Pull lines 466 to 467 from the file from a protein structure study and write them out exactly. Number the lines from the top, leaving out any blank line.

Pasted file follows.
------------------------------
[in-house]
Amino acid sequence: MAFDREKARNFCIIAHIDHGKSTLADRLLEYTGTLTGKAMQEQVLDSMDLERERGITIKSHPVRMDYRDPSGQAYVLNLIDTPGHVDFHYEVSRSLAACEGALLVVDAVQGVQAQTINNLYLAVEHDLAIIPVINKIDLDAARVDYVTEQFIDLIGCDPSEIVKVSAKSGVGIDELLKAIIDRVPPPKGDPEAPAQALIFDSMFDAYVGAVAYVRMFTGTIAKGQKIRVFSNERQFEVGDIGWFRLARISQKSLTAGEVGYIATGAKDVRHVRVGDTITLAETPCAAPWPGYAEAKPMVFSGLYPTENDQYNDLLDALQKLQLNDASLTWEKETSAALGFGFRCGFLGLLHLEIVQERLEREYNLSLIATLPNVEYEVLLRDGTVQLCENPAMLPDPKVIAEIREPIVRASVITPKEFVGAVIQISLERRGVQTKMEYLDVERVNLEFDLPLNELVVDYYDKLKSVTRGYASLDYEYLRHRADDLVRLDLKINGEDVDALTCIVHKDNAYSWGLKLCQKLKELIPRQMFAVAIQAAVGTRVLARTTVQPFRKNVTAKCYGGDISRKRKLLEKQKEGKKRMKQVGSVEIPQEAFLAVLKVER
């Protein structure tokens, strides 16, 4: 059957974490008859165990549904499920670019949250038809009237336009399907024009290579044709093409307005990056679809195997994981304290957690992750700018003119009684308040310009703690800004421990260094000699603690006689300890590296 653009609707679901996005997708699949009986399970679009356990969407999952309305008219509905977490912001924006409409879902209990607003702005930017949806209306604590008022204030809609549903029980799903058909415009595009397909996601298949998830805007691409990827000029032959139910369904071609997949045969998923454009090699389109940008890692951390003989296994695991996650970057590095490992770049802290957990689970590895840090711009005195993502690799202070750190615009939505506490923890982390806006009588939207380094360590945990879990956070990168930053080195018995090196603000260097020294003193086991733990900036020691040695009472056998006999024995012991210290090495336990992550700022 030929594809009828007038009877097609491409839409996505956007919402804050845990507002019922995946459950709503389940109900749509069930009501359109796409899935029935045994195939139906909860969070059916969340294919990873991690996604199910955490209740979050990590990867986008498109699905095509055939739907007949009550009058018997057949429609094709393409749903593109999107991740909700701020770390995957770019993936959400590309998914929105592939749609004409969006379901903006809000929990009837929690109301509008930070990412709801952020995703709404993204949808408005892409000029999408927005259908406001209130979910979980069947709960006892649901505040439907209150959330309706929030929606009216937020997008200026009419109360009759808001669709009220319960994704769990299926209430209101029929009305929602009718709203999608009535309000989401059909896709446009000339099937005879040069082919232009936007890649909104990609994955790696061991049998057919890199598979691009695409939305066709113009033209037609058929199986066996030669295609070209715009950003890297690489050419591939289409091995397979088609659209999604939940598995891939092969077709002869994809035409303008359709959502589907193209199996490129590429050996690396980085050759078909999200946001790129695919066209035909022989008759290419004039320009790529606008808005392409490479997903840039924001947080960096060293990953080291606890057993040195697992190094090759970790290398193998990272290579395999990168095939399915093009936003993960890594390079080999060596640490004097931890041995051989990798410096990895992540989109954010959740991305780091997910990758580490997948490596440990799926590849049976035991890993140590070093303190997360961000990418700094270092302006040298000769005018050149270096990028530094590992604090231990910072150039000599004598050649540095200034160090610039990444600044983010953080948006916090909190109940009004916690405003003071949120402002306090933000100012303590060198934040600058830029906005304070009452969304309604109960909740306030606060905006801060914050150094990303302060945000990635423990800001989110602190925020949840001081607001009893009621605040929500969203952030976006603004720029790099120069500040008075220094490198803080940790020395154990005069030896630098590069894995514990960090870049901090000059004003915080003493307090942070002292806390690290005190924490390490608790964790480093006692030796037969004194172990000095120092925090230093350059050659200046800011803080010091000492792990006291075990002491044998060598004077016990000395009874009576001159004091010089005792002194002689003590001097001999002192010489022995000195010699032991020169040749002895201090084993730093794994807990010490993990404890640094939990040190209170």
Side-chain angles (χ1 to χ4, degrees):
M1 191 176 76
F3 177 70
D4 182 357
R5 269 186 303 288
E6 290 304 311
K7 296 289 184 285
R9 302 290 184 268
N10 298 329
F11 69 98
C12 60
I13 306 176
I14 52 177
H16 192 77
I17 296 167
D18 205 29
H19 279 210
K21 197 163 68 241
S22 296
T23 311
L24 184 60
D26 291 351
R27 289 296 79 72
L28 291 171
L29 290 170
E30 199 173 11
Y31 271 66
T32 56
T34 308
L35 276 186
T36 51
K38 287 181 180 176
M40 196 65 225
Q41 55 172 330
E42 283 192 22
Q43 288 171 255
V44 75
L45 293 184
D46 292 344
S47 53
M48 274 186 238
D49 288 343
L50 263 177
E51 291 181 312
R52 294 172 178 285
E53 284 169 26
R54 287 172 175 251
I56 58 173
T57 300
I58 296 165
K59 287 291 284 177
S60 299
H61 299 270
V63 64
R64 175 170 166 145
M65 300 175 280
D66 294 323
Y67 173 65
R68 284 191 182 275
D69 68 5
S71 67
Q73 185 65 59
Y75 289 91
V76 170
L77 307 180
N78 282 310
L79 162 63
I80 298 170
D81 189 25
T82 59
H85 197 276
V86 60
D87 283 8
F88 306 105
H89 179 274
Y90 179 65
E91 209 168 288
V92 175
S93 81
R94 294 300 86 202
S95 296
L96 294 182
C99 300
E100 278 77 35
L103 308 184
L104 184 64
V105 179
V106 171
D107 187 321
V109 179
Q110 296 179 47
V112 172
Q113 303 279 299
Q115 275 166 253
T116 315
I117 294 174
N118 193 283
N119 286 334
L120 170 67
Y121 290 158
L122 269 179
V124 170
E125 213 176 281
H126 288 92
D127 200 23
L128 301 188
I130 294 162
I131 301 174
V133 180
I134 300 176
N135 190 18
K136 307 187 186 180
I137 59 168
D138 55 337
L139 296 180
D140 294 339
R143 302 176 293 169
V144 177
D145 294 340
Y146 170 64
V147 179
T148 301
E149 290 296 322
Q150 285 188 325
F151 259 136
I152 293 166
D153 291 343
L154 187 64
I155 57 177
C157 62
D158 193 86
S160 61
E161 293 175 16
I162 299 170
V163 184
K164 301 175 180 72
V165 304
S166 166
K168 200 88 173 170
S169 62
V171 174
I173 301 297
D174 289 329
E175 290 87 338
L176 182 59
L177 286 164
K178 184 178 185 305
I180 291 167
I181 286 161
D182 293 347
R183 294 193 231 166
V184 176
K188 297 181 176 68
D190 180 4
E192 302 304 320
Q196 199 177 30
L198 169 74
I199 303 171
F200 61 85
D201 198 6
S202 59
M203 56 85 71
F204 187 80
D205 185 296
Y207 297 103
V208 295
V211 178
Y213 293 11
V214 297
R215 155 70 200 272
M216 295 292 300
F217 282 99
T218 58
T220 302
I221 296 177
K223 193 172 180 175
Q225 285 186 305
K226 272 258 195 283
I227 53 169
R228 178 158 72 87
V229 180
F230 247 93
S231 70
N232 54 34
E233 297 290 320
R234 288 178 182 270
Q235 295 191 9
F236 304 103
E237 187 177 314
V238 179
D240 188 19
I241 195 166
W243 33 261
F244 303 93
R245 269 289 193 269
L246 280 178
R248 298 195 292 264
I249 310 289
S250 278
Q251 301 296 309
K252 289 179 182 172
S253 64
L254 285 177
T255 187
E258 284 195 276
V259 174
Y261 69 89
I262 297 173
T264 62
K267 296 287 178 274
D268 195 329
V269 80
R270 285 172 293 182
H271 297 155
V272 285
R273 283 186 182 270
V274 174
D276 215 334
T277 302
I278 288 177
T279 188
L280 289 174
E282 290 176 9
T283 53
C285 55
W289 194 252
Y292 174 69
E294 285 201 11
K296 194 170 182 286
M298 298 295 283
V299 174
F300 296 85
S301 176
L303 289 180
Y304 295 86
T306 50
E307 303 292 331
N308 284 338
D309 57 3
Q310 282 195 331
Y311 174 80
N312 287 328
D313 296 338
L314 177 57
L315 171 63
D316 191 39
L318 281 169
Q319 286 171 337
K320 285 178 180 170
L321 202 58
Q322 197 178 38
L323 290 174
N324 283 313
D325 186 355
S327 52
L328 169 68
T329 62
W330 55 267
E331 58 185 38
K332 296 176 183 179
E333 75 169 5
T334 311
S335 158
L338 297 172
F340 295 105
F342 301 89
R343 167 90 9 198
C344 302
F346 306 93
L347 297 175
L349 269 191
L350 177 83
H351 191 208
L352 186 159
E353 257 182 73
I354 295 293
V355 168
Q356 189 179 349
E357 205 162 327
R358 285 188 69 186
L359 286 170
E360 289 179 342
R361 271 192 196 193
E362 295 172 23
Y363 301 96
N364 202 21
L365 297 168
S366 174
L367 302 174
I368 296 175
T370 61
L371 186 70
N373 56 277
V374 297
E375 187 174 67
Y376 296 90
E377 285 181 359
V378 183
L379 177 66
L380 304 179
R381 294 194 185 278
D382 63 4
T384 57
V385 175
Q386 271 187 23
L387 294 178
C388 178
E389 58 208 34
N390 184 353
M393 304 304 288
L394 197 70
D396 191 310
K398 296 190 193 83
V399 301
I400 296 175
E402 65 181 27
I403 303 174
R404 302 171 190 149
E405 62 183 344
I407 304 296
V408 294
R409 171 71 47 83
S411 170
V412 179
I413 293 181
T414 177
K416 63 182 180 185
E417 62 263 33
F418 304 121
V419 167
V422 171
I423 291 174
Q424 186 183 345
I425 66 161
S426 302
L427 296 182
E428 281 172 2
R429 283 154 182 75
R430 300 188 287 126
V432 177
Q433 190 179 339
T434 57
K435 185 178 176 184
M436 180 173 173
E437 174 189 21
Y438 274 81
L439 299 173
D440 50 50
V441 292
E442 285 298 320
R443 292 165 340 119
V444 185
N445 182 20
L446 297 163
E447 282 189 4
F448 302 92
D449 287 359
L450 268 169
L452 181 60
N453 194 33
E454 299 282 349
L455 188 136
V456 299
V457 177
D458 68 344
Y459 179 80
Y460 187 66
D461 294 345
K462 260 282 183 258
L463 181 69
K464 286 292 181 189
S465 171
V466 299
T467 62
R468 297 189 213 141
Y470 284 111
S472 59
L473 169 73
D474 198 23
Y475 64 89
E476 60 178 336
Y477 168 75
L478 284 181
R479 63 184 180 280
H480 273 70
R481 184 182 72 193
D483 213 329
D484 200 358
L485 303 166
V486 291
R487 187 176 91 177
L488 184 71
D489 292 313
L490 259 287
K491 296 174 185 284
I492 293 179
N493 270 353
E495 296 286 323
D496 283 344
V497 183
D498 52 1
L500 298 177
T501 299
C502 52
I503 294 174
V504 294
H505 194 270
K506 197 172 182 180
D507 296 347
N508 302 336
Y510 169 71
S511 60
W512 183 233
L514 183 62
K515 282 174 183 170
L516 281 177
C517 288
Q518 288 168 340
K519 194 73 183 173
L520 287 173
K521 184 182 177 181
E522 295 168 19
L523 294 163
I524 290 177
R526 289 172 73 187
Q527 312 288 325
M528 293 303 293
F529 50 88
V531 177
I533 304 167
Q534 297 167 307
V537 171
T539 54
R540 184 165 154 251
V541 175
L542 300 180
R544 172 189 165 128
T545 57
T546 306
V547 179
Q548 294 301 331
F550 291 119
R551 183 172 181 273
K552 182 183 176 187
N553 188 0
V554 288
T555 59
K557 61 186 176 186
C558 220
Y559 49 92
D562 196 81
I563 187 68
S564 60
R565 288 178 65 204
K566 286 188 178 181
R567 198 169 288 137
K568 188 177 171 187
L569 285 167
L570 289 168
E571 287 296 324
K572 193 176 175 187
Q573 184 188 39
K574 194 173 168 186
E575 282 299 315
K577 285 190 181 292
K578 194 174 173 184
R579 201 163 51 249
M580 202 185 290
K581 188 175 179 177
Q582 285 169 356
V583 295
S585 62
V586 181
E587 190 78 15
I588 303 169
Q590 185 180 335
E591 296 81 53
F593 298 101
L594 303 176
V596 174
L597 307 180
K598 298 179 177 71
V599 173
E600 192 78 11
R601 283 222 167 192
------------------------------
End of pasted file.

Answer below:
K574 194 173 168 186
E575 282 299 315